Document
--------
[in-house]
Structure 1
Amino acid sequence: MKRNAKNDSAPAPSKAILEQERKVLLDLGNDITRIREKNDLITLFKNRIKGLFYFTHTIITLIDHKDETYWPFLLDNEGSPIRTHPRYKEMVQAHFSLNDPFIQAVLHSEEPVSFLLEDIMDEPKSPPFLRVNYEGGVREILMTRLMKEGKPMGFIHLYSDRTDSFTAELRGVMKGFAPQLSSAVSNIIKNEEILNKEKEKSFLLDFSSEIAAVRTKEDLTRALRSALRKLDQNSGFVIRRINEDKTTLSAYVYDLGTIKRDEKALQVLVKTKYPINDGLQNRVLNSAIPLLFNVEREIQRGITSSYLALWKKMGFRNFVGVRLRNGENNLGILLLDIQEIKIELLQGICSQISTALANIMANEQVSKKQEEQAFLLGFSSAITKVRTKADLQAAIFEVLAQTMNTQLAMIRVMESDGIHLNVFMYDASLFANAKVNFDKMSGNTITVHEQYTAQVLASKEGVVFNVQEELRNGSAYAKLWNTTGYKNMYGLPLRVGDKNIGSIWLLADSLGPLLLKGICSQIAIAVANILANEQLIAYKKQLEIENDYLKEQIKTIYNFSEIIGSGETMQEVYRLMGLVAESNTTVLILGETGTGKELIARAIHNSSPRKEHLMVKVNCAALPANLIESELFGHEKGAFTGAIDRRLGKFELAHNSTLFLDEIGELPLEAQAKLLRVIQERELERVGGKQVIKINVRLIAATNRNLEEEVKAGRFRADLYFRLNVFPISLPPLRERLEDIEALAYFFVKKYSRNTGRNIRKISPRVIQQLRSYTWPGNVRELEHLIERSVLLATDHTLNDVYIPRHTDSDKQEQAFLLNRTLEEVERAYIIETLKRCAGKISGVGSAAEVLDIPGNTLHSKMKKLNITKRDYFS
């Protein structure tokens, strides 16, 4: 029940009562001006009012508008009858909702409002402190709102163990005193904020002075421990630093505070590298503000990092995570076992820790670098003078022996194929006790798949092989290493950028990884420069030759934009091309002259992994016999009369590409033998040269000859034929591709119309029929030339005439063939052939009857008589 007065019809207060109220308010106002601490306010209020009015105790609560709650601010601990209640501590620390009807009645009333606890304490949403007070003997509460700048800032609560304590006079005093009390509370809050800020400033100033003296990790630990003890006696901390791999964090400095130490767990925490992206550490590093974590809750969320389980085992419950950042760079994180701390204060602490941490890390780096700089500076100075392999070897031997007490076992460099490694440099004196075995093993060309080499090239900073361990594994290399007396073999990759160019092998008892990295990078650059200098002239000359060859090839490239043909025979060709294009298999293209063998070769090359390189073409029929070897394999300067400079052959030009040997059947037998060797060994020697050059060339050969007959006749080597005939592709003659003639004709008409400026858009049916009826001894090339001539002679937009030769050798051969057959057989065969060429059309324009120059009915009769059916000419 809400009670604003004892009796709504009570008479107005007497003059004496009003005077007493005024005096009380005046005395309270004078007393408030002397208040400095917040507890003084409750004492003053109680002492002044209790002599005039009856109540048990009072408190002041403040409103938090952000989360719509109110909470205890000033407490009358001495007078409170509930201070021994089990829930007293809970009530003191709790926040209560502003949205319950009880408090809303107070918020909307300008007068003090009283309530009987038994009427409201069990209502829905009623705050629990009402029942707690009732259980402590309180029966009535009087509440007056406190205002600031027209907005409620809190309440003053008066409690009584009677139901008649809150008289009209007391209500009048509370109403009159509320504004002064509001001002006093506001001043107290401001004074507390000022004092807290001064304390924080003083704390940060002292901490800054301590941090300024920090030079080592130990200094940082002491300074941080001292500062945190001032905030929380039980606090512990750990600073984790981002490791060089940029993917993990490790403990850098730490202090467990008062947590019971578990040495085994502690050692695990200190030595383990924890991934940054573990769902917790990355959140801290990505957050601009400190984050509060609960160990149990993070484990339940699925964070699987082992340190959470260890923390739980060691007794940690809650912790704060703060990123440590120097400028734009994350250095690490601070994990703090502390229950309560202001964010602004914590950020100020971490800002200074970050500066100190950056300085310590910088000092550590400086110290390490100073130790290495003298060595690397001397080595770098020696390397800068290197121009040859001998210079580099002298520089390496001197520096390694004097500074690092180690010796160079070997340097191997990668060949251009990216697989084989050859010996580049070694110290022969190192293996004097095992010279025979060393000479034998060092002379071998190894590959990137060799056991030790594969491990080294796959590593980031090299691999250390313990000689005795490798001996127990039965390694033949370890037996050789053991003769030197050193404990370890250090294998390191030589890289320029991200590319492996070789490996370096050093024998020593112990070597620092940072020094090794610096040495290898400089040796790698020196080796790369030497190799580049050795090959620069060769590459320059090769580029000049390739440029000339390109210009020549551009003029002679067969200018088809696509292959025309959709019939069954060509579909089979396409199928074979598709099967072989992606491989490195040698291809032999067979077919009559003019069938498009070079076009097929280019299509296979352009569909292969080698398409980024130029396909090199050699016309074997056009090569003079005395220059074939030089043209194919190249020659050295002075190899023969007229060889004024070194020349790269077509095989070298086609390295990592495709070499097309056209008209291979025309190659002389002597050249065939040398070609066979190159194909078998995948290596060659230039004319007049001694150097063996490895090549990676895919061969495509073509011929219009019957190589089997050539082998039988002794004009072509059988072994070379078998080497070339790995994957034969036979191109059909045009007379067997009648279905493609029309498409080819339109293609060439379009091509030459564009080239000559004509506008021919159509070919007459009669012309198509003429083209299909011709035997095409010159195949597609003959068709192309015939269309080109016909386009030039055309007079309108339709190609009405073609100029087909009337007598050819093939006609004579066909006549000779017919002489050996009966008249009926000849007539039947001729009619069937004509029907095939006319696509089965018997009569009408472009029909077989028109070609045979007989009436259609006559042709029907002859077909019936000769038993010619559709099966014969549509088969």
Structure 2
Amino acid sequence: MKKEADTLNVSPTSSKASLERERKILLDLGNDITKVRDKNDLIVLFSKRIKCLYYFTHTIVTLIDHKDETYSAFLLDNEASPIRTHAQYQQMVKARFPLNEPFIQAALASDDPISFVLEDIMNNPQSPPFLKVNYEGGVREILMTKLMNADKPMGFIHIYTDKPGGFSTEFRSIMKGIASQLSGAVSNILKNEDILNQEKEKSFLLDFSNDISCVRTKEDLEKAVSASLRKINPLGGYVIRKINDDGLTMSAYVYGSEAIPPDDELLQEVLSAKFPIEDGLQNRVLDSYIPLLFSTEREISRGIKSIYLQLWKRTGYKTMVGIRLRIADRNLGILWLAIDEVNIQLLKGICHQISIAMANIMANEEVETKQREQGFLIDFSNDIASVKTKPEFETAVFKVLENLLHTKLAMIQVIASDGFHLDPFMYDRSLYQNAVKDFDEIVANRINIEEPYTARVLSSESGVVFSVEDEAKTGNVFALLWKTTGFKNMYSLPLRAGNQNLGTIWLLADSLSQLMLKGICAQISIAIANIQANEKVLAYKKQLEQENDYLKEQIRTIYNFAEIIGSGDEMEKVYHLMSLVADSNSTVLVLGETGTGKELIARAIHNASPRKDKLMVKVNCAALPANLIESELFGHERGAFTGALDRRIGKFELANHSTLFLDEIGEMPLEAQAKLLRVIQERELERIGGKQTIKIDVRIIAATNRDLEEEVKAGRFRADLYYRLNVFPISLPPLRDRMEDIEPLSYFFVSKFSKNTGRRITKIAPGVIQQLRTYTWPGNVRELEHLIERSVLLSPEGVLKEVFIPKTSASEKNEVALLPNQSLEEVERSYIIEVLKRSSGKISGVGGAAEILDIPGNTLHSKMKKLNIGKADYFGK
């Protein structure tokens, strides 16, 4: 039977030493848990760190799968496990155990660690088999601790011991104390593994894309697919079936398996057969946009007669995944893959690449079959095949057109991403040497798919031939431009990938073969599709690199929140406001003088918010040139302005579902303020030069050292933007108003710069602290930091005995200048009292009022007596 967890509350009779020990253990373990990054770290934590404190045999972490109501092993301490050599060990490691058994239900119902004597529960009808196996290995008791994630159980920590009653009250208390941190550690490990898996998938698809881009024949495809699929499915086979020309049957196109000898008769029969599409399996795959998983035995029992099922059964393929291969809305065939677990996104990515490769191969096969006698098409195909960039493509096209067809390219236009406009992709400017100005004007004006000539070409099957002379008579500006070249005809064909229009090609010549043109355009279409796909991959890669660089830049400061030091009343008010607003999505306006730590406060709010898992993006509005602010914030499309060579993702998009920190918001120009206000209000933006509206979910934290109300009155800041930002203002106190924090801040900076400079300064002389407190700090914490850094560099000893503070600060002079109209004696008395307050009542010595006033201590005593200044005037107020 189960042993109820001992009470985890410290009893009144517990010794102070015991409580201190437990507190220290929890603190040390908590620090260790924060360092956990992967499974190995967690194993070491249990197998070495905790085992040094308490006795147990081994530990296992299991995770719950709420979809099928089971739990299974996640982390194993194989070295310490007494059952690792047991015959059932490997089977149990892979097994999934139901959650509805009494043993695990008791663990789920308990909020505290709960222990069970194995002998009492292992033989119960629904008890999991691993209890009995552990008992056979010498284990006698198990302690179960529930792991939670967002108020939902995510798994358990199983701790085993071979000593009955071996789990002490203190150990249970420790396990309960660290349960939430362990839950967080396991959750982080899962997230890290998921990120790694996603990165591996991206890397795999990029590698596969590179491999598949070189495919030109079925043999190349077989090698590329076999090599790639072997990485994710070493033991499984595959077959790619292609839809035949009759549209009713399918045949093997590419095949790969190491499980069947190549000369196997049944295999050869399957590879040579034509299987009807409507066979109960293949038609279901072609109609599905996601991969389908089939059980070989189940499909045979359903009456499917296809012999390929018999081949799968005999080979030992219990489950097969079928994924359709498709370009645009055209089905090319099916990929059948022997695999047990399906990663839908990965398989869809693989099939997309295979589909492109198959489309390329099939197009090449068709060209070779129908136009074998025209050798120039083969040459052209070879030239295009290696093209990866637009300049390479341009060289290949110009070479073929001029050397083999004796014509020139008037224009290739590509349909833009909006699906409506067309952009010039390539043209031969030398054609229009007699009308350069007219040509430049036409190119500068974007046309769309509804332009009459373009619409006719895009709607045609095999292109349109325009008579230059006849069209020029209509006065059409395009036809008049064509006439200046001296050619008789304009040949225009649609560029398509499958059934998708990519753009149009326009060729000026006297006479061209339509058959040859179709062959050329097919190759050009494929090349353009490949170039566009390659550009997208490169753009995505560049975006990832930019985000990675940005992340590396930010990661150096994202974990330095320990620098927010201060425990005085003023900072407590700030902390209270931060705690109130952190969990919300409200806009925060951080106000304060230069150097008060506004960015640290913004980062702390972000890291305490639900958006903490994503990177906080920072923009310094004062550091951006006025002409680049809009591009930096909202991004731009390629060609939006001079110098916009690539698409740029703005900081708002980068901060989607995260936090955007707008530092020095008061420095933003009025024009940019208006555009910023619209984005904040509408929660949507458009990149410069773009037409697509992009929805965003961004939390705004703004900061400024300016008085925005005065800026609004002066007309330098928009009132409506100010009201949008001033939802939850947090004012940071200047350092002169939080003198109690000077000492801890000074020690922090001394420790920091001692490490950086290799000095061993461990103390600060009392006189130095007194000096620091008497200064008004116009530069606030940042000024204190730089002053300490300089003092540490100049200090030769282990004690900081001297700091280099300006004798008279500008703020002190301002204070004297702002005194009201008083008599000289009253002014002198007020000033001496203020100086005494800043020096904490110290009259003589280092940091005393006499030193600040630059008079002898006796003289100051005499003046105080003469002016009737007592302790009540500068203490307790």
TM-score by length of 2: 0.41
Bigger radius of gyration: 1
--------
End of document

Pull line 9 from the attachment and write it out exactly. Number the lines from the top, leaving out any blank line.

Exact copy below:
Bigger radius of gyration: 1